Great care was given to recreate scenes from The Room on a shot-by-shot basis. And the result was quite impressive. Anyone familiar with Wiseau’s movie should get great joy from the The Disaster Artist and its look behind the scenes during the making of The Room. For those unfamiliar or anyone in doubt, stick around as the credits roll to see shot-for-shot comparisons between the original and the recreations.


The Disaster Artist vs The Room: “I did not hit her!”
“I did not hit her!” scene from The Disaster Artist.
“I did not hit her!” from The Room.

In contrast to its source film, The Disaster Artist went on to receive great critical acclaim including numerous award nominations and wins. The film won the Golden Globe for Best Picture, as well as a prestigious Academy Award nomination for Best Adapted Screenplay. James Franco also won several awards for Best Actor portraying Wiseau, including a Golden Globe, a Critics Choice Movie Award and a Gotham Award (for independent films).

In a funny twist of fate, Tommy Wiseau finally made it to the stage of the big leagues when he was brought onstage by Franco when collecting his Golden Globe. In true Wiseau fashion, he tried to take the microphone from the Best Actor winner during his acceptance speech but was swatted away by a laughing Franco.

The Cult of The Room

Just like screenings of The Rocky Horror Picture Show before it, screenings of The Room have taken on a personality all of their own. Even today, it continues to be shown in cinemas worldwide, so there is a chance it could come to a screen near you. Here is how to survive watching The Room in theatres:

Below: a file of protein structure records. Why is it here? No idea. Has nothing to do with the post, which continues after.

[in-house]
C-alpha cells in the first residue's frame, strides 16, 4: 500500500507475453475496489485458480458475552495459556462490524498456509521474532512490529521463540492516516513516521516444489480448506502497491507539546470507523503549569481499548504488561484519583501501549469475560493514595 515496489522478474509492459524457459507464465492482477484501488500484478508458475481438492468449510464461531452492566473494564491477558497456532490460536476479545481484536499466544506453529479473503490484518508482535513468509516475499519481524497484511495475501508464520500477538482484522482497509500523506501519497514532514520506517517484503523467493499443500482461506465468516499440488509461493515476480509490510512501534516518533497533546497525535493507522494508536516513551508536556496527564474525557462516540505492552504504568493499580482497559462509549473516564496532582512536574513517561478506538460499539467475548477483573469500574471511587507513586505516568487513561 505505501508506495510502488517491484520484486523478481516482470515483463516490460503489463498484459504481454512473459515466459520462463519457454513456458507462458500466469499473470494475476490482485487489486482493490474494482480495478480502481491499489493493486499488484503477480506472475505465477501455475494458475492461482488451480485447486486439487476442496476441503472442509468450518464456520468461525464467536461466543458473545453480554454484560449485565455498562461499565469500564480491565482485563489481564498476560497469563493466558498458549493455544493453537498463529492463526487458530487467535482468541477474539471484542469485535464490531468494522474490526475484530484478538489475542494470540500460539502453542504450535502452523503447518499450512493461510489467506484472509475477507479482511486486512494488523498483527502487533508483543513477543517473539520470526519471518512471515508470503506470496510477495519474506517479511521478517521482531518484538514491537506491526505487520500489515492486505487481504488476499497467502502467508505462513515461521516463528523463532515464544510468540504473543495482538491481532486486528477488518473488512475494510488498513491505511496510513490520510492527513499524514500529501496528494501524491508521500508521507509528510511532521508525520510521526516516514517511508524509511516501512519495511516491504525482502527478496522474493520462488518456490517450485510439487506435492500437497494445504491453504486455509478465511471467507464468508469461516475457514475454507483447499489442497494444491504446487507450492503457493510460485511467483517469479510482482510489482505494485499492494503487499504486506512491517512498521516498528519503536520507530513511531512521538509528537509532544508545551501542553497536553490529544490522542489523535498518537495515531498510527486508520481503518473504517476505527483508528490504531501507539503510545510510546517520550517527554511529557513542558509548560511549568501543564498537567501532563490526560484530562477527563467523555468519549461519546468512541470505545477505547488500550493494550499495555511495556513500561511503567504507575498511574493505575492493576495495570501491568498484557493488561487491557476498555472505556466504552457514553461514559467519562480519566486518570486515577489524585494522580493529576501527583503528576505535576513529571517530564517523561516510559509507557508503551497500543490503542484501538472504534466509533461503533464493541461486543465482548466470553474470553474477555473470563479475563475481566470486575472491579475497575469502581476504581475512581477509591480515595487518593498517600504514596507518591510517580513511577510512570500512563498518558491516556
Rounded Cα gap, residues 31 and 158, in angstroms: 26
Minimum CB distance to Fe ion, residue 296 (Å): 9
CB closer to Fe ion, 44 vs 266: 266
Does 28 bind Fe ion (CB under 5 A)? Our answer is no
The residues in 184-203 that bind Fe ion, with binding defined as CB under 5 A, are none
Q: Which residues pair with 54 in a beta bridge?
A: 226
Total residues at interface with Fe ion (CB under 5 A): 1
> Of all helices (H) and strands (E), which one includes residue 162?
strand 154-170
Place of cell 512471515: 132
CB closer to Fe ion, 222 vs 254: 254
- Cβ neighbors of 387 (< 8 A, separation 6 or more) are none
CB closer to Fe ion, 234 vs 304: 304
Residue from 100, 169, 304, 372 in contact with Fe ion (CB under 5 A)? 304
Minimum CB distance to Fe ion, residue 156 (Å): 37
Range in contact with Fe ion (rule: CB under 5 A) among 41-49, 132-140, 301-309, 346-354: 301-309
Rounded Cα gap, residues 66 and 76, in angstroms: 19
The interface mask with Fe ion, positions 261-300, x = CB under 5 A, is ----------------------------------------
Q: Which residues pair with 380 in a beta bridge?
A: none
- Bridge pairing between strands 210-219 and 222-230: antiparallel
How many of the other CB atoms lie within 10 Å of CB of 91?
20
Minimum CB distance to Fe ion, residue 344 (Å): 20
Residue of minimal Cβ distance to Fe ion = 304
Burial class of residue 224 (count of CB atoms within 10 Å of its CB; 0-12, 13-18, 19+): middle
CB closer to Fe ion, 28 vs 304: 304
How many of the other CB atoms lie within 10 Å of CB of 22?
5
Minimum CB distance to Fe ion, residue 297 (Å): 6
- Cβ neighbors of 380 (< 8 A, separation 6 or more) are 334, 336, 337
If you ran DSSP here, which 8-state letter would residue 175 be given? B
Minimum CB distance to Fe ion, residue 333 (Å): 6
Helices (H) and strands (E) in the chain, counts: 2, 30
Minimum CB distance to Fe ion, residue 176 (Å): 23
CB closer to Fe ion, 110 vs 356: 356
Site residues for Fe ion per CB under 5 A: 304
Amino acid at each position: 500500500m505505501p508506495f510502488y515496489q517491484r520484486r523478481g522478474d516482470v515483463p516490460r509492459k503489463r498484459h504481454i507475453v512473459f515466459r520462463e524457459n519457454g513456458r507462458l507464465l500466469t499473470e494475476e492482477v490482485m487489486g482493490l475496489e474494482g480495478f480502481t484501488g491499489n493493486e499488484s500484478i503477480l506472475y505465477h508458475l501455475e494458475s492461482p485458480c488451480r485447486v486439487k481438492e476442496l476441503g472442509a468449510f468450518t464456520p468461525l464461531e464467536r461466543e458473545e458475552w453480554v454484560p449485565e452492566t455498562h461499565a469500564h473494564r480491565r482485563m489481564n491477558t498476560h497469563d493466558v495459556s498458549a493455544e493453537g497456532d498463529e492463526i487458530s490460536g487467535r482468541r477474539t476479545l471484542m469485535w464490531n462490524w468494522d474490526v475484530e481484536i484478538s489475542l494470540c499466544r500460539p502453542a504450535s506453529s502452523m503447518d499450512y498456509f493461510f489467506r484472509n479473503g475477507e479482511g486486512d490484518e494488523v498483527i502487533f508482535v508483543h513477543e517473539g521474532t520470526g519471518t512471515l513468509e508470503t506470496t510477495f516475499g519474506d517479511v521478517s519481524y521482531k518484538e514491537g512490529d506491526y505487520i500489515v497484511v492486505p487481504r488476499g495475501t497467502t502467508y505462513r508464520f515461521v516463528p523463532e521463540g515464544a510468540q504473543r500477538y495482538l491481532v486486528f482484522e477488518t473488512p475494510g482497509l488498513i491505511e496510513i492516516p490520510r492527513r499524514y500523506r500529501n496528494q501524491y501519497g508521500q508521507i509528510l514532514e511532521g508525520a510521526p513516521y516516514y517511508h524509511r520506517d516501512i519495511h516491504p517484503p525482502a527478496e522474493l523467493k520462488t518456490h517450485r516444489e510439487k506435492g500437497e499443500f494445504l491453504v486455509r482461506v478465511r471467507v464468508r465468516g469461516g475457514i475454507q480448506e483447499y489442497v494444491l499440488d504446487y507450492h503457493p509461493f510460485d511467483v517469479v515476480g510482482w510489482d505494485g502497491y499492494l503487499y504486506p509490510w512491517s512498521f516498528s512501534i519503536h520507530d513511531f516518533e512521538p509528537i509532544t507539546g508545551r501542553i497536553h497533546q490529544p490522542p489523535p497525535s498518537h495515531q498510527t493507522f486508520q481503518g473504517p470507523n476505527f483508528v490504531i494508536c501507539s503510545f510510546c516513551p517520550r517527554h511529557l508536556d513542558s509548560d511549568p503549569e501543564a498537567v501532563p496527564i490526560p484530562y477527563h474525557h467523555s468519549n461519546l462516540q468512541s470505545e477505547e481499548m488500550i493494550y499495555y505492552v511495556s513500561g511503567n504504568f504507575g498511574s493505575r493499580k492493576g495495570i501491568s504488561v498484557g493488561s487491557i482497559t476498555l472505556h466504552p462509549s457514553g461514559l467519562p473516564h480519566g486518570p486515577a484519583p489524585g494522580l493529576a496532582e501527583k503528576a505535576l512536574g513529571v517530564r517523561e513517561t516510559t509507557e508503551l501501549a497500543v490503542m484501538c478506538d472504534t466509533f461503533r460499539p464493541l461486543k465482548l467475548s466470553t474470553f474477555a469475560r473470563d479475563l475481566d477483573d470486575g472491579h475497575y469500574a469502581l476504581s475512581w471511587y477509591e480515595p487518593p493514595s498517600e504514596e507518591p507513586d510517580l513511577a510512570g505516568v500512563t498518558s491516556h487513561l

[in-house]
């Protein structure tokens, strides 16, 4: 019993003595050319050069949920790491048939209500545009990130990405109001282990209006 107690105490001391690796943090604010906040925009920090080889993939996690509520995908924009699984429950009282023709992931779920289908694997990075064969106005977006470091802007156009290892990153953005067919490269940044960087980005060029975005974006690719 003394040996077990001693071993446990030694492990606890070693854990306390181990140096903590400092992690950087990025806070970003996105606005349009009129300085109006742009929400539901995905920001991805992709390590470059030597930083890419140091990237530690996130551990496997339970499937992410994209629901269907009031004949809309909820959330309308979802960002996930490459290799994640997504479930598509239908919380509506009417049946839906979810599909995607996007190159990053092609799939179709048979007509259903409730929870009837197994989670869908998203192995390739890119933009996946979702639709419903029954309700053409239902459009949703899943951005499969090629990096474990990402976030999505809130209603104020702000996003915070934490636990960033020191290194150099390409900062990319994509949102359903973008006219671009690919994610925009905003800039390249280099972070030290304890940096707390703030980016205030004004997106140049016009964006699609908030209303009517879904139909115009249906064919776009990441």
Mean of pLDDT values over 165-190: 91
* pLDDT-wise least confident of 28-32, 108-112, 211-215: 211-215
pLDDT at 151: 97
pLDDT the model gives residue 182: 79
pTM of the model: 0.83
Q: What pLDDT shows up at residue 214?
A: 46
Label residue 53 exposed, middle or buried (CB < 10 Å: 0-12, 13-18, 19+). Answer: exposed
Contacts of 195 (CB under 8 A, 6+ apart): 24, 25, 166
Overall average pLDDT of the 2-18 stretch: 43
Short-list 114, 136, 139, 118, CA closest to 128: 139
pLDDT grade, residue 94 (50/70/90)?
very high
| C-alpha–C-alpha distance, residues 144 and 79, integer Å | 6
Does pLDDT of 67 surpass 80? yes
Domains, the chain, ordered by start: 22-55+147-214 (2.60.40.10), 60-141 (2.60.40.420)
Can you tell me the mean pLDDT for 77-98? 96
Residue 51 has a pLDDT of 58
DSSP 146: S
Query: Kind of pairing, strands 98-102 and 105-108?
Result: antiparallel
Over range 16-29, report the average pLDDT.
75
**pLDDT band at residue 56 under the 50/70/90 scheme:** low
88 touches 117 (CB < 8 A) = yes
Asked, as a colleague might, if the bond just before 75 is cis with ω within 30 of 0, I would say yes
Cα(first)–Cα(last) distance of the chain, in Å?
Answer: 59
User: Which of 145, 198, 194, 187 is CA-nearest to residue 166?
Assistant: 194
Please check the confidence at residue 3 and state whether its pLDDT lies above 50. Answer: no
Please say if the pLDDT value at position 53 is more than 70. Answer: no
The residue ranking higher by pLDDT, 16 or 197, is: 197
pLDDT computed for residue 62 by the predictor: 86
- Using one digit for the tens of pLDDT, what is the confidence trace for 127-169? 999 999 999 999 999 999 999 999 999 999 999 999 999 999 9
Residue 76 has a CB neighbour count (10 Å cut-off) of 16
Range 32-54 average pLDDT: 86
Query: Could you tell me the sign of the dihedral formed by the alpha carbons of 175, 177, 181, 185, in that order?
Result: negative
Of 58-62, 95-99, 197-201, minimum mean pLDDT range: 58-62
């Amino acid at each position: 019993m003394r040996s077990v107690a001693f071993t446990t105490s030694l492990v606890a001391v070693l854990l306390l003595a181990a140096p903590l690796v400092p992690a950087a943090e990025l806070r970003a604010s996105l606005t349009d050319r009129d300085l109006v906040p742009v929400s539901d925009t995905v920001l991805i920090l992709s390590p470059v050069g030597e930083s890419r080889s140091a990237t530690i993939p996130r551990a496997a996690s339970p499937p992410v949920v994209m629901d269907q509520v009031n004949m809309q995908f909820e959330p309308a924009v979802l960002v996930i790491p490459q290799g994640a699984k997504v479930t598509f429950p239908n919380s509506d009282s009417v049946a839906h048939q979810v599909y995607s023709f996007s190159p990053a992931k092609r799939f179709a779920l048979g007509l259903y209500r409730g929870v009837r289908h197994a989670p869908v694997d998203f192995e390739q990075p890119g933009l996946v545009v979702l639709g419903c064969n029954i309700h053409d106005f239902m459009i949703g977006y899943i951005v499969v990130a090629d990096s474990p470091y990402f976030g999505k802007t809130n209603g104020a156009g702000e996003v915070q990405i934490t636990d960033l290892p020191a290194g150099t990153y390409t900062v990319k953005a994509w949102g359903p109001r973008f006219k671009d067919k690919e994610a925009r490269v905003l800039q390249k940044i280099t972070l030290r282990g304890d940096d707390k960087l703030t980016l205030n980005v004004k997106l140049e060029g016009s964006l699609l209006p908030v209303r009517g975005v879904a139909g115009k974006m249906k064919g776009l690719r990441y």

• Dress code

Whilst dressing up is not as much of a tradition as Rocky Horror Picture Show nights, many people attend dressed either as Wiseau himself or in red dresses and ill-fitting tuxedos.

• Spoons
Wiseau and the famous spoons from The Room.
Wiseau and the famous spoons from The Room.

Johnny and Lisa really seem to like spoons. Inside their home there are a number of framed pictures of spoons. These were the original stock photos that came inside the frames. According to Sestero, Wiseau just wanted to “get on with the filming” and didn’t think there’d be time to find new photographs.

Since then, audience members gleefully throw handfuls of plastic spoons at the screen each time they appear on screen. This happens an inordinate number of times.

• Counting

There are at least seven mentions of Johnny and Mark being best friends. Often at screenings of the film, attendees loudly count these mentions.

• “Oh, hai Mark!”

“Oh, hi” is spoken nine times, and “Oh, hey” seven times. All instances are echoed by the audience.

• “Don’t worry!”